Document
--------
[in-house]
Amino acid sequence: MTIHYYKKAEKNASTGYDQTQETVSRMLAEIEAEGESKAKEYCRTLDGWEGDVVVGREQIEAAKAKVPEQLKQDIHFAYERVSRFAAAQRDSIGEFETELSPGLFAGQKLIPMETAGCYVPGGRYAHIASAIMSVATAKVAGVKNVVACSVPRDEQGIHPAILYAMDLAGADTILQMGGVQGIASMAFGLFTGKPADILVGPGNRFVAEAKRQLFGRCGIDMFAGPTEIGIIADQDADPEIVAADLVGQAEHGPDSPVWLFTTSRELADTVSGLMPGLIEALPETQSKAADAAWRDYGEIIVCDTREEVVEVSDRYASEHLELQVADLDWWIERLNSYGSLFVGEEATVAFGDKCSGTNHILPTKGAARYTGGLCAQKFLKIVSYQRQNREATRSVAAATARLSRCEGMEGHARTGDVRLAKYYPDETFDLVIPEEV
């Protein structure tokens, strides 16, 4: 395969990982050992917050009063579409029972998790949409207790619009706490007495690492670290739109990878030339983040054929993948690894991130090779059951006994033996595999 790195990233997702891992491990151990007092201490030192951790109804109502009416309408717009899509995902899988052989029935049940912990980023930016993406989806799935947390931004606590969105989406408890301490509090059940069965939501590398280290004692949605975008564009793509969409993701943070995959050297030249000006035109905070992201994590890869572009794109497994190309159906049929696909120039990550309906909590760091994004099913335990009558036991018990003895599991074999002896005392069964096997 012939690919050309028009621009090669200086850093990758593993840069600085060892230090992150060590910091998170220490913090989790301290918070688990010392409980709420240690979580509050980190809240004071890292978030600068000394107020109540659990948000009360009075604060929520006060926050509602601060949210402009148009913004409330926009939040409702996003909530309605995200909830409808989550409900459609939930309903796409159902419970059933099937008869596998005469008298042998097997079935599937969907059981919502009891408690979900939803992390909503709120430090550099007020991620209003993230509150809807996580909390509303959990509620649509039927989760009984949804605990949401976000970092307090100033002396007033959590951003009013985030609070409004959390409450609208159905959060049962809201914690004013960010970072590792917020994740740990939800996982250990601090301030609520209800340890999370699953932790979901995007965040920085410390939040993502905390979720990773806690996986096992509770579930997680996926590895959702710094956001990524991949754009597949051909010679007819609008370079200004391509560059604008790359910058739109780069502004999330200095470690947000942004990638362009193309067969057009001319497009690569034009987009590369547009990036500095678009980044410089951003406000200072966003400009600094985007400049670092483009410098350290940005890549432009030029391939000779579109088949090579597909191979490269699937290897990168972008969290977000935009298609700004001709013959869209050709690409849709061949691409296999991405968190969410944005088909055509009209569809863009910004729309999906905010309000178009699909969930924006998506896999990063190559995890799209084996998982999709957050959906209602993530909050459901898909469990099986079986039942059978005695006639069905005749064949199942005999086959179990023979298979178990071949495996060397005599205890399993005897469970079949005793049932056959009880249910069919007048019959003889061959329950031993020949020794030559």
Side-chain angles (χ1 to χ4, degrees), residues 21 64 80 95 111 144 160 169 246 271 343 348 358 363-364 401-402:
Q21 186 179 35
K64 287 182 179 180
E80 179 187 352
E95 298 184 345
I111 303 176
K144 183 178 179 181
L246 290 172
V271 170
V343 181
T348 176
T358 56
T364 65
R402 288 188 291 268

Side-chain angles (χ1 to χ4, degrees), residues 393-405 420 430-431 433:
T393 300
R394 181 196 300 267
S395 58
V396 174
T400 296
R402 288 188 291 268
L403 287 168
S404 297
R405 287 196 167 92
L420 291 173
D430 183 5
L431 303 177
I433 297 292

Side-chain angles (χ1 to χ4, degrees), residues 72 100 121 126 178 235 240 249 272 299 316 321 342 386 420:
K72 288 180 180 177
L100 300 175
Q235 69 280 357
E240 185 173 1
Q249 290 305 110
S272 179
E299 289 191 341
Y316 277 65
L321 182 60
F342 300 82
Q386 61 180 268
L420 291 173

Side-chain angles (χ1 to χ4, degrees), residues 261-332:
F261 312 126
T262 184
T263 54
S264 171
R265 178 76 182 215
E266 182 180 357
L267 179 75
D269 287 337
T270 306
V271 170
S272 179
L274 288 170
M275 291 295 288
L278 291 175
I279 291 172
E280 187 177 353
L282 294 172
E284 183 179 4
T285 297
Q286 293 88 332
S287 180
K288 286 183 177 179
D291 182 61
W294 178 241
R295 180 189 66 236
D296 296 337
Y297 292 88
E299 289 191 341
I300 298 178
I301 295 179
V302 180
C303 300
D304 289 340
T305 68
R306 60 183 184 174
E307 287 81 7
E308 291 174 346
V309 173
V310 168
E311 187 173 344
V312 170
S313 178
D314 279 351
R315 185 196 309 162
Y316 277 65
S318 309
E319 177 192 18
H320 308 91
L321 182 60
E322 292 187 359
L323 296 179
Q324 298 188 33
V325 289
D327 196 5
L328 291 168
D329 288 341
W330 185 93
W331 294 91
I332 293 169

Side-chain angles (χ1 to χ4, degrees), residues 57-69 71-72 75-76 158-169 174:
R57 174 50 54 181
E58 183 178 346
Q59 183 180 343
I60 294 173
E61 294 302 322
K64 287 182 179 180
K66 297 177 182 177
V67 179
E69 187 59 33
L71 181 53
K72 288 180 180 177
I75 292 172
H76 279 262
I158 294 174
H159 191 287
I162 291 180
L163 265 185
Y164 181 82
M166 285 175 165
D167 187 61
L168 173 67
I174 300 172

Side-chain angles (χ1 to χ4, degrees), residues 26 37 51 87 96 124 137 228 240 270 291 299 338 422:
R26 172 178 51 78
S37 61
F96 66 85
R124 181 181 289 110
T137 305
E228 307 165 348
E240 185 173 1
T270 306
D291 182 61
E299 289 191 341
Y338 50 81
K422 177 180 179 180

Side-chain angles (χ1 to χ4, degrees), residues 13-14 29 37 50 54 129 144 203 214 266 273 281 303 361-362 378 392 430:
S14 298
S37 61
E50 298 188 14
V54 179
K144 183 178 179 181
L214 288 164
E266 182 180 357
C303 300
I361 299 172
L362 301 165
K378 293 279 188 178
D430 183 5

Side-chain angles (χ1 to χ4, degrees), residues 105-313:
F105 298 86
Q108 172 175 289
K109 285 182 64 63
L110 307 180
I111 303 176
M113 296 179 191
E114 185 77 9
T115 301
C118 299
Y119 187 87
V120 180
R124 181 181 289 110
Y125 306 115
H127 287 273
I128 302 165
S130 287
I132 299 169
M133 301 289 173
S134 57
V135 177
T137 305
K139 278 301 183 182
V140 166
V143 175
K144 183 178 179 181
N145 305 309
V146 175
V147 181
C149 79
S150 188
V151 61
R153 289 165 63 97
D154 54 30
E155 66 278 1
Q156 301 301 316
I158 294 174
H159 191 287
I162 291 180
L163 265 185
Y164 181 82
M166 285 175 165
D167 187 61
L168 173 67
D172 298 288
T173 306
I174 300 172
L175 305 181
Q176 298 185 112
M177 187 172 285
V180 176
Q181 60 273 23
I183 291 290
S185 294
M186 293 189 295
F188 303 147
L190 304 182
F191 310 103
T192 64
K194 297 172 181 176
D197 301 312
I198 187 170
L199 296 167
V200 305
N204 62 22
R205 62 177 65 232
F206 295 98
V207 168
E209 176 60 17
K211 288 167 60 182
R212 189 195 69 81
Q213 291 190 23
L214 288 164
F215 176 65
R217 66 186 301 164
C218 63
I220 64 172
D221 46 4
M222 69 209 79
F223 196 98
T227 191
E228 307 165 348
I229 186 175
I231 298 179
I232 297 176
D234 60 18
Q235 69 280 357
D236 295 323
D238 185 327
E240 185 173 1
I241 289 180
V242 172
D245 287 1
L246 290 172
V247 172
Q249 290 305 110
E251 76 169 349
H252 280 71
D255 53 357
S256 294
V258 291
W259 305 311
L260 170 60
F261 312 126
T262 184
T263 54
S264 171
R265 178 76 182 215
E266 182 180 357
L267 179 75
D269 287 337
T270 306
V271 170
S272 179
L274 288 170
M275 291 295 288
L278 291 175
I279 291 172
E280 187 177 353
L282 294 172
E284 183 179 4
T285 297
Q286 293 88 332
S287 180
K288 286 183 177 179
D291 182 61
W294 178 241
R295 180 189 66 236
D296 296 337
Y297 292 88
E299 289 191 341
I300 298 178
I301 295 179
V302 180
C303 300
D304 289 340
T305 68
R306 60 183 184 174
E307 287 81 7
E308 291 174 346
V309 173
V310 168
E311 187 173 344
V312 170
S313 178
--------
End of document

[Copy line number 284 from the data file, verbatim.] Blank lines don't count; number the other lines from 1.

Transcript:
E299 289 191 341